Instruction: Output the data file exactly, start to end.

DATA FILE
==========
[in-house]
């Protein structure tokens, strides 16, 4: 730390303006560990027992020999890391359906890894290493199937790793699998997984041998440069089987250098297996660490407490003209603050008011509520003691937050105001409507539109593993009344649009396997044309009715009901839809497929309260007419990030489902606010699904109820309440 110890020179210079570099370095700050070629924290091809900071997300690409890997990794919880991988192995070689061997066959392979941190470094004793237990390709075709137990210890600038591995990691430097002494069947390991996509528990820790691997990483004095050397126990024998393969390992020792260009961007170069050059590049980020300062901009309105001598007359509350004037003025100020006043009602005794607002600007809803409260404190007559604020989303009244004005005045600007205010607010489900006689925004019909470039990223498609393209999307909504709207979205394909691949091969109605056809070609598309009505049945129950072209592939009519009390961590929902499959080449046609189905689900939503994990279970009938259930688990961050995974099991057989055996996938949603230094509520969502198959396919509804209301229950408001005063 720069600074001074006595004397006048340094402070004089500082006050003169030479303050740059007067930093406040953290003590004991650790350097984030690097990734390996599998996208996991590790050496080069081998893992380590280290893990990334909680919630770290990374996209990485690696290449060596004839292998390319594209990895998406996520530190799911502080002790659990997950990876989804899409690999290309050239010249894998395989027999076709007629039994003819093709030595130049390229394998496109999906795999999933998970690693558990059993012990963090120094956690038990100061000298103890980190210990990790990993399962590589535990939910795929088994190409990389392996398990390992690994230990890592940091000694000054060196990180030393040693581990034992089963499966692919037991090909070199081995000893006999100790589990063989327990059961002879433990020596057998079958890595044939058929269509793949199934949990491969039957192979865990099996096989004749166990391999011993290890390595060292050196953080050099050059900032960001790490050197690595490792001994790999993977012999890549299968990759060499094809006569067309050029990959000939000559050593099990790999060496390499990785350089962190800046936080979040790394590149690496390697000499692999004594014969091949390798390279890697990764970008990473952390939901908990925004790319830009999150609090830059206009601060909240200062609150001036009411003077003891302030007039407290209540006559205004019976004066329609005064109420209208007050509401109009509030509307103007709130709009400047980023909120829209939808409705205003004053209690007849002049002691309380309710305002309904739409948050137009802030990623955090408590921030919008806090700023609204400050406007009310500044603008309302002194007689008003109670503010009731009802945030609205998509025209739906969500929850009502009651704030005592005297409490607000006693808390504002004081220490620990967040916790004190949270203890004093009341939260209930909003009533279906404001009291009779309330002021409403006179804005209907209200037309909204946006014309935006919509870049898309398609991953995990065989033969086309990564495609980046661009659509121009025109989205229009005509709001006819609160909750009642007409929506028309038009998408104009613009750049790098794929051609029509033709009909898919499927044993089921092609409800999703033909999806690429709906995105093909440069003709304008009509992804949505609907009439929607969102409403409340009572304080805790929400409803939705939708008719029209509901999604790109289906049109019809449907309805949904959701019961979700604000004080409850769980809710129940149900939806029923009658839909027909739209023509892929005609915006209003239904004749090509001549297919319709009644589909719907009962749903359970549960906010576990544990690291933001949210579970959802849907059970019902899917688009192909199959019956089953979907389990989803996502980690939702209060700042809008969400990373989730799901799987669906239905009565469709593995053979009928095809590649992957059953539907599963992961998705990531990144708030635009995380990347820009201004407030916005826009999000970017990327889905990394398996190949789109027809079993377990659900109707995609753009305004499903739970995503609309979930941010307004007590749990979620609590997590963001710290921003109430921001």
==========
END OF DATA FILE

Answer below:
[in-house]
């Protein structure tokens, strides 16, 4: 730390303006560990027992020999890391359906890894290493199937790793699998997984041998440069089987250098297996660490407490003209603050008011509520003691937050105001409507539109593993009344649009396997044309009715009901839809497929309260007419990030489902606010699904109820309440 110890020179210079570099370095700050070629924290091809900071997300690409890997990794919880991988192995070689061997066959392979941190470094004793237990390709075709137990210890600038591995990691430097002494069947390991996509528990820790691997990483004095050397126990024998393969390992020792260009961007170069050059590049980020300062901009309105001598007359509350004037003025100020006043009602005794607002600007809803409260404190007559604020989303009244004005005045600007205010607010489900006689925004019909470039990223498609393209999307909504709207979205394909691949091969109605056809070609598309009505049945129950072209592939009519009390961590929902499959080449046609189905689900939503994990279970009938259930688990961050995974099991057989055996996938949603230094509520969502198959396919509804209301229950408001005063 720069600074001074006595004397006048340094402070004089500082006050003169030479303050740059007067930093406040953290003590004991650790350097984030690097990734390996599998996208996991590790050496080069081998893992380590280290893990990334909680919630770290990374996209990485690696290449060596004839292998390319594209990895998406996520530190799911502080002790659990997950990876989804899409690999290309050239010249894998395989027999076709007629039994003819093709030595130049390229394998496109999906795999999933998970690693558990059993012990963090120094956690038990100061000298103890980190210990990790990993399962590589535990939910795929088994190409990389392996398990390992690994230990890592940091000694000054060196990180030393040693581990034992089963499966692919037991090909070199081995000893006999100790589990063989327990059961002879433990020596057998079958890595044939058929269509793949199934949990491969039957192979865990099996096989004749166990391999011993290890390595060292050196953080050099050059900032960001790490050197690595490792001994790999993977012999890549299968990759060499094809006569067309050029990959000939000559050593099990790999060496390499990785350089962190800046936080979040790394590149690496390697000499692999004594014969091949390798390279890697990764970008990473952390939901908990925004790319830009999150609090830059206009601060909240200062609150001036009411003077003891302030007039407290209540006559205004019976004066329609005064109420209208007050509401109009509030509307103007709130709009400047980023909120829209939808409705205003004053209690007849002049002691309380309710305002309904739409948050137009802030990623955090408590921030919008806090700023609204400050406007009310500044603008309302002194007689008003109670503010009731009802945030609205998509025209739906969500929850009502009651704030005592005297409490607000006693808390504002004081220490620990967040916790004190949270203890004093009341939260209930909003009533279906404001009291009779309330002021409403006179804005209907209200037309909204946006014309935006919509870049898309398609991953995990065989033969086309990564495609980046661009659509121009025109989205229009005509709001006819609160909750009642007409929506028309038009998408104009613009750049790098794929051609029509033709009909898919499927044993089921092609409800999703033909999806690429709906995105093909440069003709304008009509992804949505609907009439929607969102409403409340009572304080805790929400409803939705939708008719029209509901999604790109289906049109019809449907309805949904959701019961979700604000004080409850769980809710129940149900939806029923009658839909027909739209023509892929005609915006209003239904004749090509001549297919319709009644589909719907009962749903359970549960906010576990544990690291933001949210579970959802849907059970019902899917688009192909199959019956089953979907389990989803996502980690939702209060700042809008969400990373989730799901799987669906239905009565469709593995053979009928095809590649992957059953539907599963992961998705990531990144708030635009995380990347820009201004407030916005826009999000970017990327889905990394398996190949789109027809079993377990659900109707995609753009305004499903739970995503609309979930941010307004007590749990979620609590997590963001710290921003109430921001």